Financial crime crackdown curbs emerging markets
IFC says cut in bank ties has depressed legitimate growth
Global regulators’ assault on terrorists, tax dodgers and money launderers is sapping vitality from a host of emerging market economies, according to the private-sector arm of the World Bank, as big banks cut ties that could expose them to sanctions. Over the past few years banks such as HSBC, BNP Paribas and JPMorgan Chase have paid billions of dollars of fines for failing to keep tabs on criminal activity, while spending heavily to increase their routine flagging of suspicious transactions.
Global regulators’ assault on terrorists, tax dodgers and money launderers is sapping vitality from a host of emerging market economies, according to the private-sector arm of the World Bank, as big banks cut ties that could expose them to sanctions.
Over the past few years banks such as HSBC, BNP Paribas and JPMorgan Chase have paid billions of dollars of fines for failing to keep tabs on criminal activity, while spending heavily to increase their routine flagging of suspicious transactions. As a result, many of them have trimmed their networks of relationships with banks in other countries, fearing that such connections may be more trouble than they are worth.
But according to the International Finance Corporation, these cuts to so-called correspondent banking relationships — bilateral agreements to handle basic services such as remittances or letters of credit — are having the effect of shutting out households and small businesses from the global financial system.
In a new survey of more than 300 of its banking clients around the world, the IFC found that more than one in four reported a decline in their CBRs. In seven countries — including Kenya, Lebanon, Pakistan, Paraguay and Vietnam — the banks said that a lack of CBRs, or tightened terms on the ties that remain, were their sole obstacle to growth.
Marcos Brujis, Washington-based global industry director of the financial institutions group at the IFC, noted that the cutting had spread well beyond regions such as the Pacific Islands and some Caribbean countries, where declines in CBRs have been widely reported. In sub-Saharan Africa, in particular, he said, the declines have been particularly acute, forcing some lenders into unregulated networks.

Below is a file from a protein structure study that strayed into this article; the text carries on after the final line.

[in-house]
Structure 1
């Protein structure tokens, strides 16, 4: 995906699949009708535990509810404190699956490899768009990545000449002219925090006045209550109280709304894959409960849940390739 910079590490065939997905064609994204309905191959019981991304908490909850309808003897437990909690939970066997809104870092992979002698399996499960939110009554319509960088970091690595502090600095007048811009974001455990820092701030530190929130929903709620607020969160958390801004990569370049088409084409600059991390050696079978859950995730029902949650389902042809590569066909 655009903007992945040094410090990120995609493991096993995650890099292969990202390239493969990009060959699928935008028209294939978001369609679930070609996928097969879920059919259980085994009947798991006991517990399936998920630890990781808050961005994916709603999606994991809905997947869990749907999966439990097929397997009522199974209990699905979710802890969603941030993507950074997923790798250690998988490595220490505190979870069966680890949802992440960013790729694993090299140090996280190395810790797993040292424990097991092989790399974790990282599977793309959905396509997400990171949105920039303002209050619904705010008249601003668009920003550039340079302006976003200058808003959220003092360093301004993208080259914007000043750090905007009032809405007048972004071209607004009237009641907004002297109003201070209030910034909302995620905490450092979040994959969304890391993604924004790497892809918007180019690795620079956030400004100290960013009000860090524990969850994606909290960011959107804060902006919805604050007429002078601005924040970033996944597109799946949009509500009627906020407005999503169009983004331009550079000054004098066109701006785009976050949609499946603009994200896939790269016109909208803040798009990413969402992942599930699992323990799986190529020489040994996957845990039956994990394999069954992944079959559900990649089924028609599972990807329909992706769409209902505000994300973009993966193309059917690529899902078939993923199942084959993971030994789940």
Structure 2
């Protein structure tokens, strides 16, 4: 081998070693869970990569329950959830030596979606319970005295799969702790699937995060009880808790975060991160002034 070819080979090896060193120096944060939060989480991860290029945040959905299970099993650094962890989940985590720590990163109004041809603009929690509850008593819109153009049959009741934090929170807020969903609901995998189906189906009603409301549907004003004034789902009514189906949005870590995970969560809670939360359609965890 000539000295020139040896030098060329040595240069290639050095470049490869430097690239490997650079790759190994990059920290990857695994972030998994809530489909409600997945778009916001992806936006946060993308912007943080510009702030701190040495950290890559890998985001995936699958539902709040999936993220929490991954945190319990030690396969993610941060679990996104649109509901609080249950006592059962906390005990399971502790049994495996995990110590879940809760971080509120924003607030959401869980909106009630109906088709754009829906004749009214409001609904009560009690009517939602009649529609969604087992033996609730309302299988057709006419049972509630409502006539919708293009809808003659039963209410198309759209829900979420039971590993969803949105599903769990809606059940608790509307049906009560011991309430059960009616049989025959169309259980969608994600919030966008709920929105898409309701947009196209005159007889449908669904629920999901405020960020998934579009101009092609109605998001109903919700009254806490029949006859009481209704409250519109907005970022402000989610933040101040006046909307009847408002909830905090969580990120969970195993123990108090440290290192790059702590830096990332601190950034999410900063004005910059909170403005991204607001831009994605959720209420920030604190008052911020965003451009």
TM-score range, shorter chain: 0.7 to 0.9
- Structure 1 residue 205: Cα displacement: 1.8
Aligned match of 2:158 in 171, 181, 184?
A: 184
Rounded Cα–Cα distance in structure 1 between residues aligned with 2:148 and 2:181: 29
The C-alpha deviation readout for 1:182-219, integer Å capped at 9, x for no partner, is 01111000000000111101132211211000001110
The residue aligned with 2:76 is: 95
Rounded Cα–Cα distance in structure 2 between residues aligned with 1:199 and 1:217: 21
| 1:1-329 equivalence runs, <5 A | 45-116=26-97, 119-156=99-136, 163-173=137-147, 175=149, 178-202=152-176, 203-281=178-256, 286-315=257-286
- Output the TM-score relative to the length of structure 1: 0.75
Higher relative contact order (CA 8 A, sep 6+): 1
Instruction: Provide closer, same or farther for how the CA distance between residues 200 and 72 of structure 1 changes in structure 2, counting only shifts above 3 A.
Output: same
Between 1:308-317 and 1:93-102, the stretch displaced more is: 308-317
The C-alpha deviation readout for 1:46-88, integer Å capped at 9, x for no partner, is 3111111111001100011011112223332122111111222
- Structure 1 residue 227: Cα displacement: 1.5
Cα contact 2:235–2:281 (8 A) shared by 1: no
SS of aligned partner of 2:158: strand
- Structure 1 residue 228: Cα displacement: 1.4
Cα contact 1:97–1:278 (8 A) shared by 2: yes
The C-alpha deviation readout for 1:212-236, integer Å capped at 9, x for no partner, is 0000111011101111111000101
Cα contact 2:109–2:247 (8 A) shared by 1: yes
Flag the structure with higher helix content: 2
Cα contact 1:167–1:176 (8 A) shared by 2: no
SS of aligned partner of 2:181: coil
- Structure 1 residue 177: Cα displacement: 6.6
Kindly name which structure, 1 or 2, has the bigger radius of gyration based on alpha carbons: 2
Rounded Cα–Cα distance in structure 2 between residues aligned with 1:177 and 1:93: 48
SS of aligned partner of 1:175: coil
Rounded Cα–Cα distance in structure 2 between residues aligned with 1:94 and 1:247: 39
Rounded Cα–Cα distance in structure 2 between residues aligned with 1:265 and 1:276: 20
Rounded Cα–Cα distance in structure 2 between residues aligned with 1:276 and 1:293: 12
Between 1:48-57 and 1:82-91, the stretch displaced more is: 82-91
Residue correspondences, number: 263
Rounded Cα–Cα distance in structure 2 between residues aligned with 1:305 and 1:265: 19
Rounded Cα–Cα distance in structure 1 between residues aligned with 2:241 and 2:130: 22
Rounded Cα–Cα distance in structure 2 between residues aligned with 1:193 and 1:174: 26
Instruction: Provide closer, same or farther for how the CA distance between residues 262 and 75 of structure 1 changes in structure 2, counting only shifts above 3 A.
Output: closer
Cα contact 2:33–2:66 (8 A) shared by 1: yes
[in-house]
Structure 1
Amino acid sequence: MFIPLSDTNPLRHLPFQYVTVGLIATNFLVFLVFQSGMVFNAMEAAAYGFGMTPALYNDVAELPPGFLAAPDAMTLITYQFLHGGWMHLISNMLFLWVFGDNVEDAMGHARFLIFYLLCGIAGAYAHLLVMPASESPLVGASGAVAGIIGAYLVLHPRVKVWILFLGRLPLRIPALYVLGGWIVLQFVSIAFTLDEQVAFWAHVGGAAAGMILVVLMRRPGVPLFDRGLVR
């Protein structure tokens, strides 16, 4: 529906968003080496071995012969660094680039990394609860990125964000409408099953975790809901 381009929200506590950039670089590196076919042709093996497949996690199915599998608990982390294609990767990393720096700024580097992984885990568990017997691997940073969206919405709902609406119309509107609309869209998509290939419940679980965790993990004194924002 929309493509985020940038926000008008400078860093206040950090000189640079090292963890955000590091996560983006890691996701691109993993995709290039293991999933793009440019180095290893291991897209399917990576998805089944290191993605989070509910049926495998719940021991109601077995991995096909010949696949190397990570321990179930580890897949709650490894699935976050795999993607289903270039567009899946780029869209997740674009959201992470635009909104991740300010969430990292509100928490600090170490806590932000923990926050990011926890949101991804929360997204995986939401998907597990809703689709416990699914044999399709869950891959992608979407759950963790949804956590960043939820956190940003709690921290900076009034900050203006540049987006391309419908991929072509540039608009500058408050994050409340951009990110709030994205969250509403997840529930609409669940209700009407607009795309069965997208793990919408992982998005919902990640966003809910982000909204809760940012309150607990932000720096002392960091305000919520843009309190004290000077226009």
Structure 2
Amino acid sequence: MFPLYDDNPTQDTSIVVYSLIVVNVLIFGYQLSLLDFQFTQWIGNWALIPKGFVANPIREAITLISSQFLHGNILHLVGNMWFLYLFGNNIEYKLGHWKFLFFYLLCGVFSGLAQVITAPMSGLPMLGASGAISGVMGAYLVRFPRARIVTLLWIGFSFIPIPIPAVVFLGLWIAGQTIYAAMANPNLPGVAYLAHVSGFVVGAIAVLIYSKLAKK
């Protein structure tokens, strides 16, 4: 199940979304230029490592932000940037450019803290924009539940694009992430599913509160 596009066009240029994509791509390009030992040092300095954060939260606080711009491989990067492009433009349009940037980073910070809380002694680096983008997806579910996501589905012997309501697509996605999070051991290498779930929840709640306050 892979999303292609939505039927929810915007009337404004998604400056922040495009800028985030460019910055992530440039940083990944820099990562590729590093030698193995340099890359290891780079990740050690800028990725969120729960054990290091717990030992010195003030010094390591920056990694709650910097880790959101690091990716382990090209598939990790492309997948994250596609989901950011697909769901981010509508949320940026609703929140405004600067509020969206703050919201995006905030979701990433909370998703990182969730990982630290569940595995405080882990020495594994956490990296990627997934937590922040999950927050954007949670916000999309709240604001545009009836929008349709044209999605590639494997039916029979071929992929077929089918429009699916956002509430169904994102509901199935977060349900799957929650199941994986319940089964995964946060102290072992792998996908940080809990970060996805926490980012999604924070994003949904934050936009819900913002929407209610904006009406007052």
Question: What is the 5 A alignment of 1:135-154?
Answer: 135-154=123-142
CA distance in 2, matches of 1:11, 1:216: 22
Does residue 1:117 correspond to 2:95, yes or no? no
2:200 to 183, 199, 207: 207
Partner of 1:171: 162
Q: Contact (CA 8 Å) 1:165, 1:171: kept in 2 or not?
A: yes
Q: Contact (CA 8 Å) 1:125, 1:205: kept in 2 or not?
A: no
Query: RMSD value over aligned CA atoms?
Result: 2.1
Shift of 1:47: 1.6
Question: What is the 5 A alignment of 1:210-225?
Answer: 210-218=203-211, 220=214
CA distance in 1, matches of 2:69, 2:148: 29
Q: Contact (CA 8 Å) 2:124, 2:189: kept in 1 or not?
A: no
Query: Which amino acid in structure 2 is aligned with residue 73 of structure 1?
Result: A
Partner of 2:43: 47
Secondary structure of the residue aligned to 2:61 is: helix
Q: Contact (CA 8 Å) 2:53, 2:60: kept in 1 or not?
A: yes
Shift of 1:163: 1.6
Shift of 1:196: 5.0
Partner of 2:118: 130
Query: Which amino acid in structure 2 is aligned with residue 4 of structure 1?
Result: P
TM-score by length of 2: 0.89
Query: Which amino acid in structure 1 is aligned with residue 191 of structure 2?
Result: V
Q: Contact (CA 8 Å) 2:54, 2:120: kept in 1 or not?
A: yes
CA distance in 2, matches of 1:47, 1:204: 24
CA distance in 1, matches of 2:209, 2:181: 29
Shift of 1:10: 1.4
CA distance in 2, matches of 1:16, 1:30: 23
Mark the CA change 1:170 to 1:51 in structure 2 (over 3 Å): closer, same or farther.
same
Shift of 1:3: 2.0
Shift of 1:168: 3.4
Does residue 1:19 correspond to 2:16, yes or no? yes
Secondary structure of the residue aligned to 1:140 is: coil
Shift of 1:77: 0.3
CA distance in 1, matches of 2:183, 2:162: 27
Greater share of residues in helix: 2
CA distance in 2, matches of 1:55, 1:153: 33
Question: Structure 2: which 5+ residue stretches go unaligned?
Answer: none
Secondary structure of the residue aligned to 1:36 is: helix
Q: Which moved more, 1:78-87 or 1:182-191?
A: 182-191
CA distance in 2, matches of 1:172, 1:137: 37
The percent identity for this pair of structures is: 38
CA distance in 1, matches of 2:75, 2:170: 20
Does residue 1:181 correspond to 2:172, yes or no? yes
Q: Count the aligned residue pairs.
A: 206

“As a result of all these additional costs, emerging-market banks have less capacity to serve their countries, which affects jobs, economic growth, decisions to migrate and so on,” he said. “The effects of ‘de-risking’ are very subtle, complex and pervasive.”
The survey adds to a growing body of work on the unintended consequences of efforts to enlist banks in the global fight against crime. The International Monetary Fund flagged concerns earlier this year, warning that a steady decline in CBRs has exacerbated fragilities in the financial system by concentrating flows of money across borders. The Financial Stability Board took a similar line in July, arguing that falls in CBRs had slowed global trade by lengthening chains of payments, while increasing dependence on smaller groups of lenders.
Lobbyists for the big banks, meanwhile, have long complained of unreasonable expectations heaped upon them. A report issued in February by The Clearing House, a powerful Washington-based lobby group, claimed that big financial firms were spending at least $8bn on anti-money laundering compliance each year — not much less than the $9.5bn budget of the FBI.
The Clearing House is at the forefront of a loose collection of bodies trying to create some kind of shared global depository of knowyour-customer information, which could lower compliance costs for banks all over the world.
Regulators including the Federal Reserve and the Office of the Comptroller of the Currency, and FinCEN, the US Treasury’s Financial Crimes Enforcement Network, have shown an interest in supporting such an initiative, according to people familiar with the situation.
The IFC is pushing in that direction too, says Susan Starnes, head of trade and commodity finance strategy. “None of us feels we can do this on our own. We’re trying to find a way where there is protection in numbers.”
Rodgin Cohen, senior chairman at Sullivan & Cromwell, the law firm, said the project “could be the ultimate win/win. Costs are cut but more importantly, the potential for catching bad actors is sharply increased.”
The Federal Reserve’s plans to shrink iits balance sheet are likely to impact upon emerging markets © FT montage; Bloomberg